Parsing the Counsels of St. John of the Cross


Parsing the Counsels of St. John of the Cross II

Strive always to prefer, not that which is easiest, but that which is most difficult; . . . Strive thus to desire to enter into complete detachment and emptiness and poverty, with respect to everything that is in the world, for Christ's sake.

It seems best to quote not just the counsel but the ultimate goal. Many of the counsels are perfectly obvious. One doesn't need to explain what the statement "Strive to prefer not that which is easiest but that which is most difficult." It's meaning is perfectly transparent; however, the reason for it may not be. This sounds like making things difficult for yourself for no particular reason--which is why I quoted the end of the counsels as well. The goal is detachment from self--detachment from the nexus of selfishness and self-centeredness that comprises most people.

The first step is detachment from our own preferences and complacency. If you look at the entire list of counsels (included in this post) you will see that everyone of them is a call to action. They require us to abandon passivity and make some sort of effort. This is odd, because most people seem to think that St. John of the Cross was about inaction--allowing things to flow over one and pass away. That is also true. This is a paradox that others can explain better than I, but I suppose it is best to say that even allowing things to flow over one is an active practice because one must sometimes push them off and speed them on their way.

Why all of this emphasis on action, activity, and comfortlessness? The answer is simple and we have all experienced it. In times of turmoil, upset, and emotional overflow, we find it far easier to turn to God for help and solace, to think about Him frequently, and even if we do not pray coherently, we offer up petitions and cries for help. During the "good times" we are far too inclined to forget that God has provided the good times. We pay lip service, and I'm sure many do thank God sincerely, but good times tend not to elicit the depth of response. Part of what St. John is doing in the counsels is recommending that we always be ready to stir the pot. Detachment is not a passive exercise--it takes great determination, strength of will, and an endless supply of strengthening grace. To be able to achieve it, we must flex muscles we rarely use. St. John tells us how. He tells us not to seek comfort, where we are inclined to rest on our laurels and allow things to move as they will, but always to seek out work and the harder way.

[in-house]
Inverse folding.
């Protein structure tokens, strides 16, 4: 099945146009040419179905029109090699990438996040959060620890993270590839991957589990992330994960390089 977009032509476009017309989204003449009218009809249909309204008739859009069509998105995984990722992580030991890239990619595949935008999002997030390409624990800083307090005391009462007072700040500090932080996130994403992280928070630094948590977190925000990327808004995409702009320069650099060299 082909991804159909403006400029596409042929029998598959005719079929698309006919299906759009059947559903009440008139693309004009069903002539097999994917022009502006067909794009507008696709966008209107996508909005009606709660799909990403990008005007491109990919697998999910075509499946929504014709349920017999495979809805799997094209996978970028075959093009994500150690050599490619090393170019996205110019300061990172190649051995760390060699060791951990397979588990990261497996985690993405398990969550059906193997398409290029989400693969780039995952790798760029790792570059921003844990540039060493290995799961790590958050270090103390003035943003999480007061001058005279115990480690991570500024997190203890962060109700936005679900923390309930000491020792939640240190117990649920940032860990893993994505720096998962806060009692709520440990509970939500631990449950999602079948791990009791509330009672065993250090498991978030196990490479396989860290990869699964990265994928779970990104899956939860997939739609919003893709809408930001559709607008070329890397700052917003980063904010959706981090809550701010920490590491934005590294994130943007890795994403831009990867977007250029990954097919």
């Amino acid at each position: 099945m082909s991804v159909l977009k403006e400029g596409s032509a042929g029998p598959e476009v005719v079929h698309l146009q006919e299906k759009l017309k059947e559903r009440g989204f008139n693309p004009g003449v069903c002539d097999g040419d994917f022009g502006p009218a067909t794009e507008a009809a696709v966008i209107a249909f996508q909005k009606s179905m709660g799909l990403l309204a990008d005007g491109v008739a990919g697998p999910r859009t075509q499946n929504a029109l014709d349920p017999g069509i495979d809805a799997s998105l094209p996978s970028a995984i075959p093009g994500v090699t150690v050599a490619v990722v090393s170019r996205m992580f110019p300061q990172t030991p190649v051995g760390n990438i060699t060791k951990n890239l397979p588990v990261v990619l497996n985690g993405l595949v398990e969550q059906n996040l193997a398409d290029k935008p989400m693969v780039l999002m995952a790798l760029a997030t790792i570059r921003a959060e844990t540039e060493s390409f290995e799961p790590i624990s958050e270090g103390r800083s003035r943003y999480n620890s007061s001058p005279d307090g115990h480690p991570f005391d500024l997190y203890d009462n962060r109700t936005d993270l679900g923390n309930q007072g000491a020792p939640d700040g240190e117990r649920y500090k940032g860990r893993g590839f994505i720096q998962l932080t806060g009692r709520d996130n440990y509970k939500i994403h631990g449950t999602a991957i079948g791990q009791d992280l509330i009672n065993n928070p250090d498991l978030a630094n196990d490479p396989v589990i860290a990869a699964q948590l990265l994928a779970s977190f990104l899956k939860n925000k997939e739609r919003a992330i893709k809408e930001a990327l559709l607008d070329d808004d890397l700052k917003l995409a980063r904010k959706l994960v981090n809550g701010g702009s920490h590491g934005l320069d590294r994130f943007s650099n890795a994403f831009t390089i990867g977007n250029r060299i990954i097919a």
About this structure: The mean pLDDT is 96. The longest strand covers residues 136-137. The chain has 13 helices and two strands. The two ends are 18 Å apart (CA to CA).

It is interesting, but St. John's way even makes sense psychologically. All of our experts tell us that when we are stressed or angry we should engage in some vigorous physical activity or exercise. No matter the reason, such activity tends to disengage us from thoughts about ourselves and direct us toward our activity. We move out of the center and toward other things. St. John's goal is to make sure that God is Who we are moving toward. Thus when he makes all this advice that sounds wearisome and dreadful, our reactions are those of people on the outside looking in. When I hear about the life of a Saint from a Saint, I don't hear endless complaints about toil and effort and endless fruitless labor. I hear statements like, "Something beautiful for God" or "Small things with great devotion" or any of a number of phrases that show us that detachment and work for the Lord is the greatest of pleasures--that only in service to Him are we truly refreshed and relieved of the cares of this world. This servitude makes us free, this service gives us true rest. In the world we must be both Martha and Mary, for though Mary has the better part, it is only the effort of Martha that make it possible. So, to rest in the better part we must work in our wills and in our world.

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About this Entry

This page contains a single entry by Steven Riddle published on June 12, 2003 8:07 AM.

Holiness Is Not an Option was the previous entry in this blog.

Reflections on the Strait Gate and the Narrow Way is the next entry in this blog.

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